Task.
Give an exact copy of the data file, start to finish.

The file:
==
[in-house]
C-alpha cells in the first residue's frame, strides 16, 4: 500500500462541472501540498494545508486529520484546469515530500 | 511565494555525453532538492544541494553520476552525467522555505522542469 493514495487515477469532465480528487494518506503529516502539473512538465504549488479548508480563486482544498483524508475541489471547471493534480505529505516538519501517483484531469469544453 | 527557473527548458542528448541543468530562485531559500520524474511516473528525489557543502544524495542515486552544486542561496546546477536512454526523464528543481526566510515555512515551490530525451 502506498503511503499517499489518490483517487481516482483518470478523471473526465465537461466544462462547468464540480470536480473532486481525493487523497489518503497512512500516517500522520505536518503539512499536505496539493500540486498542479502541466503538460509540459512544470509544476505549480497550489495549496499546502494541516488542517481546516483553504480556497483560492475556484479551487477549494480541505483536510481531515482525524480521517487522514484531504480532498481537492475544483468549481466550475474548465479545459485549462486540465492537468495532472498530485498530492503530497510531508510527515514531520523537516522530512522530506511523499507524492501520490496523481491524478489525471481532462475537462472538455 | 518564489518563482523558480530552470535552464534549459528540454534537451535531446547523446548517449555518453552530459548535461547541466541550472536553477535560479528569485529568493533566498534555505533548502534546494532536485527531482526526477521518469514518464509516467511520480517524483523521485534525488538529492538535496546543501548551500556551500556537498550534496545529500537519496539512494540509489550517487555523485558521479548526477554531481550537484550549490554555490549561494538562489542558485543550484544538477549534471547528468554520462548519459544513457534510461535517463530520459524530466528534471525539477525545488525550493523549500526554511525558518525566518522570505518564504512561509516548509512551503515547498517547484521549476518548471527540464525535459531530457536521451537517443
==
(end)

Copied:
[in-house]
C-alpha cells in the first residue's frame, strides 16, 4: 500500500462541472501540498494545508486529520484546469515530500 | 511565494555525453532538492544541494553520476552525467522555505522542469 493514495487515477469532465480528487494518506503529516502539473512538465504549488479548508480563486482544498483524508475541489471547471493534480505529505516538519501517483484531469469544453 | 527557473527548458542528448541543468530562485531559500520524474511516473528525489557543502544524495542515486552544486542561496546546477536512454526523464528543481526566510515555512515551490530525451 502506498503511503499517499489518490483517487481516482483518470478523471473526465465537461466544462462547468464540480470536480473532486481525493487523497489518503497512512500516517500522520505536518503539512499536505496539493500540486498542479502541466503538460509540459512544470509544476505549480497550489495549496499546502494541516488542517481546516483553504480556497483560492475556484479551487477549494480541505483536510481531515482525524480521517487522514484531504480532498481537492475544483468549481466550475474548465479545459485549462486540465492537468495532472498530485498530492503530497510531508510527515514531520523537516522530512522530506511523499507524492501520490496523481491524478489525471481532462475537462472538455 | 518564489518563482523558480530552470535552464534549459528540454534537451535531446547523446548517449555518453552530459548535461547541466541550472536553477535560479528569485529568493533566498534555505533548502534546494532536485527531482526526477521518469514518464509516467511520480517524483523521485534525488538529492538535496546543501548551500556551500556537498550534496545529500537519496539512494540509489550517487555523485558521479548526477554531481550537484550549490554555490549561494538562489542558485543550484544538477549534471547528468554520462548519459544513457534510461535517463530520459524530466528534471525539477525545488525550493523549500526554511525558518525566518522570505518564504512561509516548509512551503515547498517547484521549476518548471527540464525535459531530457536521451537517443